The initial domains of homeotic gene expression are influenced by the gap genes and pair-rule genes. For instance, expression of the abdA and AbdB genes is repressed by the gap gene proteins Hunchback and Krüppel. This inhibition prevents these abdomen-specifying genes from being expressed in the head and thorax (Casares and Sánchez-Herrero 1995). Conversely, the Antennapedia gene is activated by particular levels of Hunchback (needing both the maternal and the zygotically transcribed messages), so Antennapedia is originally transcribed in parasegment 4, specifying the mesothoracic (T2) segment (Wu et al. 2001).
The expression of homeotic genes is a dynamic process. The Antennapedia gene, for instance, although initially expressed in presumptive parasegment 4, soon appears in parasegment 5. As the germ band expands, Antp expression is seen in the presumptive ventral nerve cord as far posterior as parasegment 12. During further development, the domain of Antp expression contracts again, and Antp transcripts are localized strongly to parasegments 4 and 5. Like that of other homeotic genes, Antp expression is negatively regulated by all the homeotic gene products expressed posterior to it (Levine and Harding 1989; González-Reyes and Morata 1990). In other words, each of the bithorax complex genes represses the expression of Antp. If the Ultrabithorax gene is deleted, Antp activity extends through the region that would normally have expressed Ubx and stops where the Abd region begins. (This allows the third thoracic segment to form wings like the second thoracic segment, as seen in textbook Figure 9.25.) If the entire bithorax complex is deleted, Antp expression extends throughout the abdomen. (Such a larva does not survive, but the cuticle pattern throughout the abdomen is that of the second thoracic segment.)
As we have seen, the proteins encoded by the gap and pair-rule genes are transient; however, in order for differentiation to occur, the identities of the segments must be stabilized. So, once the transcription patterns of the homeotic genes have become stabilized, they are “locked” into place by alteration of the chromatin conformation in these genes. The repression of homeotic genes is maintained by the Polycomb family of proteins, while the active chromatin conformation appears to be maintained by the Trithorax proteins (Ingham and Whittle 1980; McKeon and Brock 1991; Simon et al. 1992).
Homeotic genes don’t do the work alone. In fact, they appear to regulate the action from up in the “executive suite,” while the actual business of making an organ is done by other genes on the “factory floor.” In this scenario, the homeotic genes work by activating or repressing a group of “realisator genes” that are the targets of the homeotic gene proteins and that function to form the specified tissue or organ primordia (Garcia-Bellido 1975).
Such a pathway for one simple structure—the posterior spiracle—is well on its way to being elucidated. This organ is a simple tube connecting to the trachea and a protuberance called the Filzkörper. The posterior spiracle is made in the eighth abdominal segment and is under the control of the Hox gene AbdB. Lovegrove and colleagues (2006) have found that the AbdB protein controls four genes that are necessary for posterior spiracle formation: Spalt (Sal), Cut (Ct), Empty spiracles (Ems), and Unpaired (Upd). The first three encode transcription factors; the fourth encodes a paracrine factor. None of them are transcribed without AbdB. Moreover, if these genes are independently activated in the absence of AbdB, a posterior spiracle will form.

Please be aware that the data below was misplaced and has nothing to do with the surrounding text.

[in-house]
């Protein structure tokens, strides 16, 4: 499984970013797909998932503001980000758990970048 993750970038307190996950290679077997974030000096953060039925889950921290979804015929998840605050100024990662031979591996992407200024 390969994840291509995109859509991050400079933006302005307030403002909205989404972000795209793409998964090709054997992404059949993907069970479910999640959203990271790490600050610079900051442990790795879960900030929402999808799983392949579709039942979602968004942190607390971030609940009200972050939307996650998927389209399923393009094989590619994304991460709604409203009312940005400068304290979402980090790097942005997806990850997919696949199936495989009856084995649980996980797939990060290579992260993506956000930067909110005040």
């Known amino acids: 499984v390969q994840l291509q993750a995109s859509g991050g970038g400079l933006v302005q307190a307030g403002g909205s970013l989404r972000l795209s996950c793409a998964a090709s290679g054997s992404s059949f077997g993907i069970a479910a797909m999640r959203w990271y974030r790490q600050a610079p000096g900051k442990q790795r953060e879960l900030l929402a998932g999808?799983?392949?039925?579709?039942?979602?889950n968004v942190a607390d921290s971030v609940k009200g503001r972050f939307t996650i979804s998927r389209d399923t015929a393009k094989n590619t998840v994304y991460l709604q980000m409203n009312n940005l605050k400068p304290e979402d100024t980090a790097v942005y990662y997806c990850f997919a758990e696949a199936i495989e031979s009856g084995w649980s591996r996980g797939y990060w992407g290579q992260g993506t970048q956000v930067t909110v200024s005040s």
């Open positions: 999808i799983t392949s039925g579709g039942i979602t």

Controlled by AbdB, these four regulator genes in turn control the expression of the realisator genes that control cell structure and function. Spalt and Cut encode proteins that activate the cadherin genes necessary for cell adhesion and the invagination of the spiracle. Empty spiracles and Unpaired encode proteins that control the small G proteins (such as Gef64C) that organize the actin cytoskeleton and the cell polarizing proteins that control the elongation of the spiracle (Figure A).
Casares, F. and E. Sánchez-Herrero. 1995. Regulation of the infraabdominal regions of the bithorax complex of Drosophila by gap genes. Development 121: 1855–1866.
García-Bellido, A. 1975. Genetic control of wing disc development in Drosophila. CIBA Found. Symp. 29: 161–182.
González-Reyes, A. and G. Morata. 1990. The developmental effect of overexpressing a Ubx product in Drosophila embryos is dependent on its interactions with other homeotic products. Cell 61: 515–522.
Ingham, P. W. and R. Whittle. 1980. Trithorax: A new homeotic mutation of Drosophila causing transformations of abdominal and thoracic imaginal segments. I. Putative role during embryogenesis. Mol. Gen. Genet. 179: 607–614.
Levine, M. S. and K. W. Harding. 1989. Drosophila: The zygotic contribution. In D. M. Glover and B. D. Hames (eds.), Genes and Embryos. IRL, New York, pp. 39–94.
Lohmann, I. 2006.Hox genes: Realising the importance of realisators.Curr Biol. 16: R988–R989.
Lovegrove, B. and 7 others. 2006. Coordinated control of cell adhesion, polarity, and cytoskeleton underlies Hox-induced organogenesis in Drosophila. Curr. Biol. 16(22): 2206–2216.
McKeon, J. and H. W. Brock. 1991. Interactions of the Polycomb group of genes with homeotic loci of Drosophila. Wilhelm Roux Arch. Dev. Biol. 199: 387–396.
Simon, J., A. Chiang and W. Bender. 1992. Ten different Polycomb genes are required for spatial control of the abdA and AbdB homeotic products. Development 114: 493–505.
Wu, L. H. and J. A. Lengyel. 1998. Role of caudal in hindgut specification and gastrulation suggests homology between Drosophila amnioproctodeal invagination and vertebrate blastopore. Development 125: 2433–2442.